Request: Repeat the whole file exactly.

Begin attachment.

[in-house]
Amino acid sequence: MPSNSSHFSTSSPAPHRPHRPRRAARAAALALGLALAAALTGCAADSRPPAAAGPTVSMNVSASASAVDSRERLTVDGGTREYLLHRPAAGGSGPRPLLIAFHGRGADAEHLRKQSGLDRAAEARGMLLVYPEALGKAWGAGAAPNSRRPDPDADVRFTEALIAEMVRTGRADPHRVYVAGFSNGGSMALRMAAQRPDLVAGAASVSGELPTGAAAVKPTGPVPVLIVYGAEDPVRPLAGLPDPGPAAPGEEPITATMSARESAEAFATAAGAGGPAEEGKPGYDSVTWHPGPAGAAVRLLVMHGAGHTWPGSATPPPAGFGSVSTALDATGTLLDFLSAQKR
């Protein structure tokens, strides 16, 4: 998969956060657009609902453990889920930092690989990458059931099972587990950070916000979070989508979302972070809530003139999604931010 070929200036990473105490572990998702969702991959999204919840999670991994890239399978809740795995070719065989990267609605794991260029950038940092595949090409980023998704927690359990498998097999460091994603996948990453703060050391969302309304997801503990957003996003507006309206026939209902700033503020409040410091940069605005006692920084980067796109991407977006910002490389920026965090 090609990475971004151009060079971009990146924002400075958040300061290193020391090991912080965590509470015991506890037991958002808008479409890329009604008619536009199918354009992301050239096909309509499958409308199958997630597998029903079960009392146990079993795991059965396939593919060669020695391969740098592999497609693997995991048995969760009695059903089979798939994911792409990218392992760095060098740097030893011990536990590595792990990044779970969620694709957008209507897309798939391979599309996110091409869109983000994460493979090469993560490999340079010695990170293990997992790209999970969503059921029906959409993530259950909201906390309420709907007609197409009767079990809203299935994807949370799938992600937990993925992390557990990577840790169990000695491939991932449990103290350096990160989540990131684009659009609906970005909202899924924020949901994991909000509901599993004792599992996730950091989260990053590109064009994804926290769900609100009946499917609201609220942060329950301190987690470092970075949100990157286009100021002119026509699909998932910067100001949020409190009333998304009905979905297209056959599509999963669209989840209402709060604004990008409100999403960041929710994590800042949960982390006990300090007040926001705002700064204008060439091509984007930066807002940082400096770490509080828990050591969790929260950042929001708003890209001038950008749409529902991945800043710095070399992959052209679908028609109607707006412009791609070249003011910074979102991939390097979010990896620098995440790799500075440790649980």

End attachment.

[in-house]
Amino acid sequence: MPSNSSHFSTSSPAPHRPHRPRRAARAAALALGLALAAALTGCAADSRPPAAAGPTVSMNVSASASAVDSRERLTVDGGTREYLLHRPAAGGSGPRPLLIAFHGRGADAEHLRKQSGLDRAAEARGMLLVYPEALGKAWGAGAAPNSRRPDPDADVRFTEALIAEMVRTGRADPHRVYVAGFSNGGSMALRMAAQRPDLVAGAASVSGELPTGAAAVKPTGPVPVLIVYGAEDPVRPLAGLPDPGPAAPGEEPITATMSARESAEAFATAAGAGGPAEEGKPGYDSVTWHPGPAGAAVRLLVMHGAGHTWPGSATPPPAGFGSVSTALDATGTLLDFLSAQKR
């Protein structure tokens, strides 16, 4: 998969956060657009609902453990889920930092690989990458059931099972587990950070916000979070989508979302972070809530003139999604931010 070929200036990473105490572990998702969702991959999204919840999670991994890239399978809740795995070719065989990267609605794991260029950038940092595949090409980023998704927690359990498998097999460091994603996948990453703060050391969302309304997801503990957003996003507006309206026939209902700033503020409040410091940069605005006692920084980067796109991407977006910002490389920026965090 090609990475971004151009060079971009990146924002400075958040300061290193020391090991912080965590509470015991506890037991958002808008479409890329009604008619536009199918354009992301050239096909309509499958409308199958997630597998029903079960009392146990079993795991059965396939593919060669020695391969740098592999497609693997995991048995969760009695059903089979798939994911792409990218392992760095060098740097030893011990536990590595792990990044779970969620694709957008209507897309798939391979599309996110091409869109983000994460493979090469993560490999340079010695990170293990997992790209999970969503059921029906959409993530259950909201906390309420709907007609197409009767079990809203299935994807949370799938992600937990993925992390557990990577840790169990000695491939991932449990103290350096990160989540990131684009659009609906970005909202899924924020949901994991909000509901599993004792599992996730950091989260990053590109064009994804926290769900609100009946499917609201609220942060329950301190987690470092970075949100990157286009100021002119026509699909998932910067100001949020409190009333998304009905979905297209056959599509999963669209989840209402709060604004990008409100999403960041929710994590800042949960982390006990300090007040926001705002700064204008060439091509984007930066807002940082400096770490509080828990050591969790929260950042929001708003890209001038950008749409529902991945800043710095070399992959052209679908028609109607707006412009791609070249003011910074979102991939390097979010990896620098995440790799500075440790649980």